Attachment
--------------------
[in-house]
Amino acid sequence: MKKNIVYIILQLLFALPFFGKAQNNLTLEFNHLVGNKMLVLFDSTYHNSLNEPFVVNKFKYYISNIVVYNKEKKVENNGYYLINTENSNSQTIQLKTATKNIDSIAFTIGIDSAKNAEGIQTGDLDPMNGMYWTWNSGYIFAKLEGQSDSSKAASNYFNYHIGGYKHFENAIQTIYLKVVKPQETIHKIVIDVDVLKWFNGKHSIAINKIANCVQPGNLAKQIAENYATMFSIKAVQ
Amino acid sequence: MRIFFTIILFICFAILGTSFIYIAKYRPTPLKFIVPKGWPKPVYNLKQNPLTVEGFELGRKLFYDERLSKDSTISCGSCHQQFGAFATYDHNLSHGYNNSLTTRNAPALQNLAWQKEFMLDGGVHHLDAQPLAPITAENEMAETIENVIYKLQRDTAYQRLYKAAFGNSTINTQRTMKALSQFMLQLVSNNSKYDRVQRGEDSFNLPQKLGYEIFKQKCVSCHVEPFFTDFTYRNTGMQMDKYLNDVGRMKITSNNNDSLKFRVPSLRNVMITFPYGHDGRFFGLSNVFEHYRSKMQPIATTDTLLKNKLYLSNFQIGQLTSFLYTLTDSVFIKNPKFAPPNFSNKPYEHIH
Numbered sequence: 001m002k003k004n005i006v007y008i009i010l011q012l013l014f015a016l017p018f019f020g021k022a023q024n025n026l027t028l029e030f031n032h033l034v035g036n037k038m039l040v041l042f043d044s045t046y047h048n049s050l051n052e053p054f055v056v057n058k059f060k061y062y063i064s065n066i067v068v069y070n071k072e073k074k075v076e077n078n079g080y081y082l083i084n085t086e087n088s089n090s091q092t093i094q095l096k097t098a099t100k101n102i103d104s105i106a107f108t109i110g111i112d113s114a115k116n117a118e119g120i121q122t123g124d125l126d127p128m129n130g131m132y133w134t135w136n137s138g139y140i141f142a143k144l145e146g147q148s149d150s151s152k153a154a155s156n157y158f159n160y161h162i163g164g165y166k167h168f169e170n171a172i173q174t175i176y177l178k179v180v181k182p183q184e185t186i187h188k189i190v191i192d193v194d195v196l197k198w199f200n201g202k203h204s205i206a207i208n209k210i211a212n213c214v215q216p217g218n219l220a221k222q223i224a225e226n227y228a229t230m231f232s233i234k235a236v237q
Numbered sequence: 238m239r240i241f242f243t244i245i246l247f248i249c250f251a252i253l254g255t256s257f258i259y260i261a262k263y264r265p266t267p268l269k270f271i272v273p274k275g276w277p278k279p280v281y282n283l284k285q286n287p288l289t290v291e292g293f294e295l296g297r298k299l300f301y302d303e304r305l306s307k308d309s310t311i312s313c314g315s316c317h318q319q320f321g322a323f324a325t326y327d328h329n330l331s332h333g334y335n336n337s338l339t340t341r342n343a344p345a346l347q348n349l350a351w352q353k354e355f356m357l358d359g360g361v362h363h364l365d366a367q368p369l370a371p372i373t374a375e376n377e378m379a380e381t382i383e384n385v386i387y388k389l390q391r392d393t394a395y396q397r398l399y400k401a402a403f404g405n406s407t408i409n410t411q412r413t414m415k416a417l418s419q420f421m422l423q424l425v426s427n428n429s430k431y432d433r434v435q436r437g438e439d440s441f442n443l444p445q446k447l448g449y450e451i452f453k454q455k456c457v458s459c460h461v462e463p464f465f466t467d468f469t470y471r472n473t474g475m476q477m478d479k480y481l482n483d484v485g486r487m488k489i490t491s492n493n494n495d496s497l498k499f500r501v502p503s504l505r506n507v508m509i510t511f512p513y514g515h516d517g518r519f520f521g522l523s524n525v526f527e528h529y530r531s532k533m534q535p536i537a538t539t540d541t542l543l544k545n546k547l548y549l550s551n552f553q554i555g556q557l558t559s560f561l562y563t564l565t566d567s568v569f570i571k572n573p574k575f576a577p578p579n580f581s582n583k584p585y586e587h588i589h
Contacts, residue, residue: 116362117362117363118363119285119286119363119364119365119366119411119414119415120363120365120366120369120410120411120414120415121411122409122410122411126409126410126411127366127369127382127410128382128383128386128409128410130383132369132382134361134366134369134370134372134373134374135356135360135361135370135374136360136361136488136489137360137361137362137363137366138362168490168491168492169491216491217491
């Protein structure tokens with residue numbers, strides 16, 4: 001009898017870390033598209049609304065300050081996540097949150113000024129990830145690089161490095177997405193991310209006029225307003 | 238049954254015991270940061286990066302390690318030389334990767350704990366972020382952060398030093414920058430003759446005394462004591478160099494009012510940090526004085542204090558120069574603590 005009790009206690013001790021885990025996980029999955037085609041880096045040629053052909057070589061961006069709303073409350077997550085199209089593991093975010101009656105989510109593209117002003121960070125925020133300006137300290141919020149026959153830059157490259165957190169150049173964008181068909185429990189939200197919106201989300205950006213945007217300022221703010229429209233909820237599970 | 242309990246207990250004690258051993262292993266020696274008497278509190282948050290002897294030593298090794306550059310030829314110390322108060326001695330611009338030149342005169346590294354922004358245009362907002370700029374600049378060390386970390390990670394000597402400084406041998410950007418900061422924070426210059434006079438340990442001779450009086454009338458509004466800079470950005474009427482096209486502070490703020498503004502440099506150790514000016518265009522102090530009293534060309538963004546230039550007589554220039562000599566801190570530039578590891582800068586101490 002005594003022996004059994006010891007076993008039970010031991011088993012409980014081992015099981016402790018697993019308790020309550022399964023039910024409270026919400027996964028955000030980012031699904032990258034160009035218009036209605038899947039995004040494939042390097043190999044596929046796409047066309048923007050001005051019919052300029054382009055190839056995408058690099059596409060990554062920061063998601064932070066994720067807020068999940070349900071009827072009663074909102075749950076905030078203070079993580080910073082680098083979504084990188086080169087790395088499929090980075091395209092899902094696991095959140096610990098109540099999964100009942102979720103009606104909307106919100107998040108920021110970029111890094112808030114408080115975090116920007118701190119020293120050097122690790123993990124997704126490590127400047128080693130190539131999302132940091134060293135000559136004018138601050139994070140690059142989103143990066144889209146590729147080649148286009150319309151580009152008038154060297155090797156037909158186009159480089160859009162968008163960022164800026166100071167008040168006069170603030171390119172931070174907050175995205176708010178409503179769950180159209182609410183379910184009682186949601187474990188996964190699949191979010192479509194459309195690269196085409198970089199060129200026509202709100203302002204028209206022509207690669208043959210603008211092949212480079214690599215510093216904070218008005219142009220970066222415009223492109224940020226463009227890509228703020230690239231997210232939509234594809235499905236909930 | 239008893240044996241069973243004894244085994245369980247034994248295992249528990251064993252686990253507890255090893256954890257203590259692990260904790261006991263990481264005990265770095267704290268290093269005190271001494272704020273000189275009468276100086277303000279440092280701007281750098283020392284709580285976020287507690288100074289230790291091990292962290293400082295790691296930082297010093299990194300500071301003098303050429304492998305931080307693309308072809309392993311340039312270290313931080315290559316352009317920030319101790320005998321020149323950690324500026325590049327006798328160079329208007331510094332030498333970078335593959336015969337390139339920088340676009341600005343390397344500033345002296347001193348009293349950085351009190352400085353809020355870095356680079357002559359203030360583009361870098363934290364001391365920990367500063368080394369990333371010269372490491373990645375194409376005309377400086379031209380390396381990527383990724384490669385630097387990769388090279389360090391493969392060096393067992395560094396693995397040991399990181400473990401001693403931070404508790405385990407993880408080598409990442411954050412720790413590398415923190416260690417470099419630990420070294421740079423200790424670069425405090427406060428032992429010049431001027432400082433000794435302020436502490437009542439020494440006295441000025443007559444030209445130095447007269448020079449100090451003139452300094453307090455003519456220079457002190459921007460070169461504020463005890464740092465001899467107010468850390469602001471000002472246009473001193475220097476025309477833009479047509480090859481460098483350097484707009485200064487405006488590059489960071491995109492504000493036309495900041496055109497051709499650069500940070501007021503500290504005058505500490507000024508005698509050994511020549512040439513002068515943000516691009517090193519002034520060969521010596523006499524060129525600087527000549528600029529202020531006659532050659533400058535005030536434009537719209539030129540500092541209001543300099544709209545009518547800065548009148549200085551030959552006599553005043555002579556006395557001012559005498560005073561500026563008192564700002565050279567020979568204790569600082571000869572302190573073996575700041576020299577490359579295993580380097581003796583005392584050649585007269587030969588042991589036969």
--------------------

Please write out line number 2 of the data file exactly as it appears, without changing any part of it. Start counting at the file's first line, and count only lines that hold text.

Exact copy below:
Amino acid sequence: MKKNIVYIILQLLFALPFFGKAQNNLTLEFNHLVGNKMLVLFDSTYHNSLNEPFVVNKFKYYISNIVVYNKEKKVENNGYYLINTENSNSQTIQLKTATKNIDSIAFTIGIDSAKNAEGIQTGDLDPMNGMYWTWNSGYIFAKLEGQSDSSKAASNYFNYHIGGYKHFENAIQTIYLKVVKPQETIHKIVIDVDVLKWFNGKHSIAINKIANCVQPGNLAKQIAENYATMFSIKAVQ